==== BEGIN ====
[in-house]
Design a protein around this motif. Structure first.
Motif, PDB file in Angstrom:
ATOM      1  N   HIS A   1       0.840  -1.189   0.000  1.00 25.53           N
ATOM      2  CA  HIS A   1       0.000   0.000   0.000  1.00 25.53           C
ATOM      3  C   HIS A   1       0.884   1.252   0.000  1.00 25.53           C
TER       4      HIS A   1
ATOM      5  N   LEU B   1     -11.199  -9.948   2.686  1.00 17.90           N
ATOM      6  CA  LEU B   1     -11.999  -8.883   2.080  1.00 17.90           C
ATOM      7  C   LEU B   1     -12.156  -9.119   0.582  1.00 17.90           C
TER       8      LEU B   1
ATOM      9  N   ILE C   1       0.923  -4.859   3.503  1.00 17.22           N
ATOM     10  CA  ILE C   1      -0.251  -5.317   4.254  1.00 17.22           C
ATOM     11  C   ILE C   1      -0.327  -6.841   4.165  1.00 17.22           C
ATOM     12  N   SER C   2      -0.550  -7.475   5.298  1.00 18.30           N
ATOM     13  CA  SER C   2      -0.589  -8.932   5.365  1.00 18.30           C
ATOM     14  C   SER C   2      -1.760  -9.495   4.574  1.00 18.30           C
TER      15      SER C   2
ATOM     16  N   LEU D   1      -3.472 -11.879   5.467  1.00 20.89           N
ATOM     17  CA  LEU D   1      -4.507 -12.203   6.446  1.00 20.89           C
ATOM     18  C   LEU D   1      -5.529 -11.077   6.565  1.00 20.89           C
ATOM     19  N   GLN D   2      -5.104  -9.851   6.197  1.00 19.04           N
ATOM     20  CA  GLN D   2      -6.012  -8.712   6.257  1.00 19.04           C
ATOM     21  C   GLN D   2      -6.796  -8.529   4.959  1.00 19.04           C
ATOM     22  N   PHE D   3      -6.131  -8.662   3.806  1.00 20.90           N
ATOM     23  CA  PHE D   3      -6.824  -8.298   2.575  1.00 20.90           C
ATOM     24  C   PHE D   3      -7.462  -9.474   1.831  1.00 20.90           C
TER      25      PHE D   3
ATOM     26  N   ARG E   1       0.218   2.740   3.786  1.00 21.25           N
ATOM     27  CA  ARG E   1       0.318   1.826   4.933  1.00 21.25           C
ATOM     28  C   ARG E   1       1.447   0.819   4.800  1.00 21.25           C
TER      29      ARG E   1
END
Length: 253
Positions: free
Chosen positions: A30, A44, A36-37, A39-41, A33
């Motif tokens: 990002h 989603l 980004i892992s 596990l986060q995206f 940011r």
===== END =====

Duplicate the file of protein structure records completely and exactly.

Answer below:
[in-house]
Design a protein around this motif. Structure first.
Motif, PDB file in Angstrom:
ATOM      1  N   HIS A   1       0.840  -1.189   0.000  1.00 25.53           N
ATOM      2  CA  HIS A   1       0.000   0.000   0.000  1.00 25.53           C
ATOM      3  C   HIS A   1       0.884   1.252   0.000  1.00 25.53           C
TER       4      HIS A   1
ATOM      5  N   LEU B   1     -11.199  -9.948   2.686  1.00 17.90           N
ATOM      6  CA  LEU B   1     -11.999  -8.883   2.080  1.00 17.90           C
ATOM      7  C   LEU B   1     -12.156  -9.119   0.582  1.00 17.90           C
TER       8      LEU B   1
ATOM      9  N   ILE C   1       0.923  -4.859   3.503  1.00 17.22           N
ATOM     10  CA  ILE C   1      -0.251  -5.317   4.254  1.00 17.22           C
ATOM     11  C   ILE C   1      -0.327  -6.841   4.165  1.00 17.22           C
ATOM     12  N   SER C   2      -0.550  -7.475   5.298  1.00 18.30           N
ATOM     13  CA  SER C   2      -0.589  -8.932   5.365  1.00 18.30           C
ATOM     14  C   SER C   2      -1.760  -9.495   4.574  1.00 18.30           C
TER      15      SER C   2
ATOM     16  N   LEU D   1      -3.472 -11.879   5.467  1.00 20.89           N
ATOM     17  CA  LEU D   1      -4.507 -12.203   6.446  1.00 20.89           C
ATOM     18  C   LEU D   1      -5.529 -11.077   6.565  1.00 20.89           C
ATOM     19  N   GLN D   2      -5.104  -9.851   6.197  1.00 19.04           N
ATOM     20  CA  GLN D   2      -6.012  -8.712   6.257  1.00 19.04           C
ATOM     21  C   GLN D   2      -6.796  -8.529   4.959  1.00 19.04           C
ATOM     22  N   PHE D   3      -6.131  -8.662   3.806  1.00 20.90           N
ATOM     23  CA  PHE D   3      -6.824  -8.298   2.575  1.00 20.90           C
ATOM     24  C   PHE D   3      -7.462  -9.474   1.831  1.00 20.90           C
TER      25      PHE D   3
ATOM     26  N   ARG E   1       0.218   2.740   3.786  1.00 21.25           N
ATOM     27  CA  ARG E   1       0.318   1.826   4.933  1.00 21.25           C
ATOM     28  C   ARG E   1       1.447   0.819   4.800  1.00 21.25           C
TER      29      ARG E   1
END
Length: 253
Positions: free
Chosen positions: A30, A44, A36-37, A39-41, A33
């Motif tokens: 990002h 989603l 980004i892992s 596990l986060q995206f 940011r």